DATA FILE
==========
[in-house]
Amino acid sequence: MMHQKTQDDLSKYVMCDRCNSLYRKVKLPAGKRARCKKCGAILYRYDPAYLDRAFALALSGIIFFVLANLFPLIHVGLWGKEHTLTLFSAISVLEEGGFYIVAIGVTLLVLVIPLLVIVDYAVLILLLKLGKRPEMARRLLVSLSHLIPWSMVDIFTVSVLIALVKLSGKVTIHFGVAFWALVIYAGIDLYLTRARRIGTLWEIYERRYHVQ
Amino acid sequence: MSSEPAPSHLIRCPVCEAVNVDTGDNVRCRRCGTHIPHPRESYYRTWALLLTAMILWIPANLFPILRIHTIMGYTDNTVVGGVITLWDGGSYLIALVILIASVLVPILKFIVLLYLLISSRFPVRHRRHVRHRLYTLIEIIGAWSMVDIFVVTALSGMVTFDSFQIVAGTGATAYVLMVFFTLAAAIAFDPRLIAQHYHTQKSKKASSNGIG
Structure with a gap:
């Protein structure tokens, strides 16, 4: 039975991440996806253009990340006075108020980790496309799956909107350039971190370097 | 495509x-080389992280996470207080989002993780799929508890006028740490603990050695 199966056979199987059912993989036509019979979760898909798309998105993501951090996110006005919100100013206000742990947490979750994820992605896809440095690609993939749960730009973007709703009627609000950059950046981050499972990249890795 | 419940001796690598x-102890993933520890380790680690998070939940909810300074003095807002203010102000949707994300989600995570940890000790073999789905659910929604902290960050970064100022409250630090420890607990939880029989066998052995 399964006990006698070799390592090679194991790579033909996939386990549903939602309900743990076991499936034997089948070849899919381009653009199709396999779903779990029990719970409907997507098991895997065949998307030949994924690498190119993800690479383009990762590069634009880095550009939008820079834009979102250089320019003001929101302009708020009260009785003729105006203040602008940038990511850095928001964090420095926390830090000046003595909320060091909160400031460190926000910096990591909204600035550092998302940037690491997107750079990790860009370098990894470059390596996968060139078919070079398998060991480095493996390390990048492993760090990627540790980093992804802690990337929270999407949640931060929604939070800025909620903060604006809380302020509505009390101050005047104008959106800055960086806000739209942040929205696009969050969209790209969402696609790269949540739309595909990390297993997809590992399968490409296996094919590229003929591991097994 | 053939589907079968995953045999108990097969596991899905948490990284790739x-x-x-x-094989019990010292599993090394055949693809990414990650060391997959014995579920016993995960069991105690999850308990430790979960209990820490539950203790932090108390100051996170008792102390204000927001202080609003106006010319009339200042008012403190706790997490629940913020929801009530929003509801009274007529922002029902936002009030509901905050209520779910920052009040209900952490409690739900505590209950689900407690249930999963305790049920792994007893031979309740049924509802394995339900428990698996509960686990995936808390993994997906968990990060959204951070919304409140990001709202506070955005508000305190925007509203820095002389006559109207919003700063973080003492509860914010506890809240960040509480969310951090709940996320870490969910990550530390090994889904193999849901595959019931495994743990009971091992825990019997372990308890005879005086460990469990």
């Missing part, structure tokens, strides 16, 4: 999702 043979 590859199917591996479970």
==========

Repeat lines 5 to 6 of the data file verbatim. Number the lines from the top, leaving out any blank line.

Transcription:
């Protein structure tokens, strides 16, 4: 039975991440996806253009990340006075108020980790496309799956909107350039971190370097 | 495509x-080389992280996470207080989002993780799929508890006028740490603990050695 199966056979199987059912993989036509019979979760898909798309998105993501951090996110006005919100100013206000742990947490979750994820992605896809440095690609993939749960730009973007709703009627609000950059950046981050499972990249890795 | 419940001796690598x-102890993933520890380790680690998070939940909810300074003095807002203010102000949707994300989600995570940890000790073999789905659910929604902290960050970064100022409250630090420890607990939880029989066998052995 399964006990006698070799390592090679194991790579033909996939386990549903939602309900743990076991499936034997089948070849899919381009653009199709396999779903779990029990719970409907997507098991895997065949998307030949994924690498190119993800690479383009990762590069634009880095550009939008820079834009979102250089320019003001929101302009708020009260009785003729105006203040602008940038990511850095928001964090420095926390830090000046003595909320060091909160400031460190926000910096990591909204600035550092998302940037690491997107750079990790860009370098990894470059390596996968060139078919070079398998060991480095493996390390990048492993760090990627540790980093992804802690990337929270999407949640931060929604939070800025909620903060604006809380302020509505009390101050005047104008959106800055960086806000739209942040929205696009969050969209790209969402696609790269949540739309595909990390297993997809590992399968490409296996094919590229003929591991097994 | 053939589907079968995953045999108990097969596991899905948490990284790739x-x-x-x-094989019990010292599993090394055949693809990414990650060391997959014995579920016993995960069991105690999850308990430790979960209990820490539950203790932090108390100051996170008792102390204000927001202080609003106006010319009339200042008012403190706790997490629940913020929801009530929003509801009274007529922002029902936002009030509901905050209520779910920052009040209900952490409690739900505590209950689900407690249930999963305790049920792994007893031979309740049924509802394995339900428990698996509960686990995936808390993994997906968990990060959204951070919304409140990001709202506070955005508000305190925007509203820095002389006559109207919003700063973080003492509860914010506890809240960040509480969310951090709940996320870490969910990550530390090994889904193999849901595959019931495994743990009971091992825990019997372990308890005879005086460990469990």
């Missing part, structure tokens, strides 16, 4: 999702 043979 590859199917591996479970």